Tuesday, January 27, 2009

Muscle Memory

By Paul Gordon Emerson

When I woke this morning I found a note in my inbox from someone who means a great deal to me. It was a short note, just a line, for a memorial service for the man who had transformed her life in a way I'd never seen another do in the 20+ years we'd known each other. I don't know what the term of art would be -- friend, lover, companion, boyfriend - for their relationship.

He mattered.

His illness was brief, severe and terrifying. He left behind a rich reservoir of people who loved him and a lifetime of achievements unfinished yet of such texture that we who love nature and the world beyond our immediate geographic borders owe him a debt I was not even aware of until I read his obituary and then the words of friends, colleagues and loved ones who had found voice on a website devoted to his memory.

We met only a few times, this gentleman and I. But I remember his voice and the rough grace of hands used to the air equally as to the corridors of power. Gentle, compassionate and strong as those who know the meaning of each moment.

He died January 20th, Inauguration Day. I had no idea. Yet all through the day today I felt that handshake wrapping from the heel of my hand around the bones and skin and muscle. I wondered at the loss of it, of the hands that would miss that subtle yet profound embrace, and of the power of so simple a gesture, of the many who should so very much have the chance I had to take it in, to make it a part of themselves, to retain and refocus it into their understanding of the world. So simple a gesture but so resonant.

The memorial service came in the season's first snowstorm. Despite the challenges it presented for those attending I am sure it was in its way fitting, nature's salute to a fallen friend who at that moment would have loved nothing more I suspect than to be out in it, shallow though the idea of winter in Washington may be.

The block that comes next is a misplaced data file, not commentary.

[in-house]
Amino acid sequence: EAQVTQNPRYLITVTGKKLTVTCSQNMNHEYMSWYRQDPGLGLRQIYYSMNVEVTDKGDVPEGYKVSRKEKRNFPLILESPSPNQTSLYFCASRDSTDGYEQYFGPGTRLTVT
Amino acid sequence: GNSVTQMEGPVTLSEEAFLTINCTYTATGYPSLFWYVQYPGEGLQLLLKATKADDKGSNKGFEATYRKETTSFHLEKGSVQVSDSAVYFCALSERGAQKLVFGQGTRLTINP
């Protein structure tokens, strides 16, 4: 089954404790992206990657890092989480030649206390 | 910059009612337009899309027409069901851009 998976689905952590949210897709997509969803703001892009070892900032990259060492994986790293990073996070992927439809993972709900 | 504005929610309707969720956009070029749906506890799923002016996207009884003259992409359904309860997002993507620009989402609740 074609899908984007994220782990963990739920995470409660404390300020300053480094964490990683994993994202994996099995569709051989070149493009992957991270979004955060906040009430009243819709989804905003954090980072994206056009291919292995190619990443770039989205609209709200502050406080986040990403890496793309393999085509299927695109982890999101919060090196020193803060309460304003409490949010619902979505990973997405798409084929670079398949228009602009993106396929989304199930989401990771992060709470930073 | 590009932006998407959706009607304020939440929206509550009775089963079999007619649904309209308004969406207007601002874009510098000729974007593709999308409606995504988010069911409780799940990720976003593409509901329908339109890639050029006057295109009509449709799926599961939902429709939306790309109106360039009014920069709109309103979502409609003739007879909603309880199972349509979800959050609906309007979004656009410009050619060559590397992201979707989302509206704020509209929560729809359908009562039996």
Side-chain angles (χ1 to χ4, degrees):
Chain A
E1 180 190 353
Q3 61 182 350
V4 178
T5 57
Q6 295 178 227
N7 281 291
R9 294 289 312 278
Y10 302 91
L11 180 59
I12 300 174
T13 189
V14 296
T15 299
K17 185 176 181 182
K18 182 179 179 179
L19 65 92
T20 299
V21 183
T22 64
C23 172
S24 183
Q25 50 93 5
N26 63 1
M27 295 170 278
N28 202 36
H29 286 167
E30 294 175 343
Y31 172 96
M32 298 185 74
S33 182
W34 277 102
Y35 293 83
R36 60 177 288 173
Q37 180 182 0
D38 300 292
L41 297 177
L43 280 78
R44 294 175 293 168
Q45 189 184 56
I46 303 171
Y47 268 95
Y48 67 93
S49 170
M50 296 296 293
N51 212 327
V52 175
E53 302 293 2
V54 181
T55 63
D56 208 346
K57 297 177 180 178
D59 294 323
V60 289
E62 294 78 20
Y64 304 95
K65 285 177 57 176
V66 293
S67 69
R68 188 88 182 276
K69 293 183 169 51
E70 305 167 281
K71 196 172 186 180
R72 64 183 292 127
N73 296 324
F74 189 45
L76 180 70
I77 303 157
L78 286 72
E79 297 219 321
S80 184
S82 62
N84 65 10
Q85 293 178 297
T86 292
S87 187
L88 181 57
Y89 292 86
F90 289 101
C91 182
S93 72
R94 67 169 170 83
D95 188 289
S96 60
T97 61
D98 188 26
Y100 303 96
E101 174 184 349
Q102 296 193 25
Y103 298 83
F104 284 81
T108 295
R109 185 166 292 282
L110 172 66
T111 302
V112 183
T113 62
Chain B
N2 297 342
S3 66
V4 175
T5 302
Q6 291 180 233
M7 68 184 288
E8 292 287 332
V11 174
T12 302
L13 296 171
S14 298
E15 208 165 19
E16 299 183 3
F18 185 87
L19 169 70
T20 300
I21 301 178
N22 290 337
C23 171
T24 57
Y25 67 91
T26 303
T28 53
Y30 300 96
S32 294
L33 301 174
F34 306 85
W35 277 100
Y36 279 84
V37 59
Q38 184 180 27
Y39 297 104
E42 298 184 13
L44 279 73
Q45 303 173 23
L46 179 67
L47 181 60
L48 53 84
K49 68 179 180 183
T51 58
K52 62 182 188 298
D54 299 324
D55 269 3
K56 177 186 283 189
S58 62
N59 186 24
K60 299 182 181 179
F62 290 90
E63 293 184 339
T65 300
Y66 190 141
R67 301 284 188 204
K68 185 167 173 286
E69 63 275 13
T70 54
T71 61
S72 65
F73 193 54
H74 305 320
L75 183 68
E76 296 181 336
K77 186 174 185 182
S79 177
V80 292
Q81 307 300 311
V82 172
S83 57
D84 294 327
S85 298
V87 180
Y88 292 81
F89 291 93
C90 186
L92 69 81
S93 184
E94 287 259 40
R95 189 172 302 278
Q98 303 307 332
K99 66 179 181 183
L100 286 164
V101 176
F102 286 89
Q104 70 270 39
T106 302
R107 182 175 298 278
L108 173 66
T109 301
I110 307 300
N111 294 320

I was miles away, no more in the scheme of his life than any brief acquaintance should be. Yet all day I carried that handshake with me. It was a gift I didn't deserve, and one that I had no cognizance of receiving when it happened some years back. But this is the magic and the pain of being human. So much of depth happens while, as the song goes "we're busy making other plans." It is not till later that we understand that we're different in some small way than we were before a brief encounter. Those events, those experiences, rarely are about language. They go deeper than words. They become memory, but of a different sort than that which accounts for a phone number or a grocery list. They are physical memories, muscle memories. They linger in our tissue and ligaments, accesible through passion and that primal place we all posess but which dancers access every day to transform the linguistic into the physical.

Movers remember and are revealed to the world this way -- through muscle memory. That which we do on stage cannot be achieved by "thinking." The body and the non-verbal mind take the pilot's seat and we glide through dances, entwined with each other, with the music, with the moment, in a way you cannot understand if you don't dance. It's our gift and our state of grace. It's our language with ourselves and our companions, our embrace with the world.

The sun set on the day hours ago. Somewhere a person I barely knew is being mourned, loved, missed, celebrated and, I hope, knows in whatever way it is meant for us to know the love of those we have left behind, that his time here mattered.

Dancers pass the world on through movement. What we know we share by imparting a dance, a step, a moment and in so doing give over the essence of our experience to another. It is a private language in its way. But a handshake? That I can share. It's in my muscle memory now, this gentleman's handshake. A gift.

I believe we outlast our own short lives this way -- carried forward by those we touch, and that in this way we echo down the ages. Whether we are known by name or deed is not for us to decide. We change the world in the simple gesture, the quiet step under the lights and the handshake in the hall.

We are, in a way, the sum of our experiences, and those experiences are the sum of all those who came before, deep into a past we cannot know, but carry with us as surely as that handshake we have had and which, with the promise of tomorrow, will impart, and so begin the process anew.

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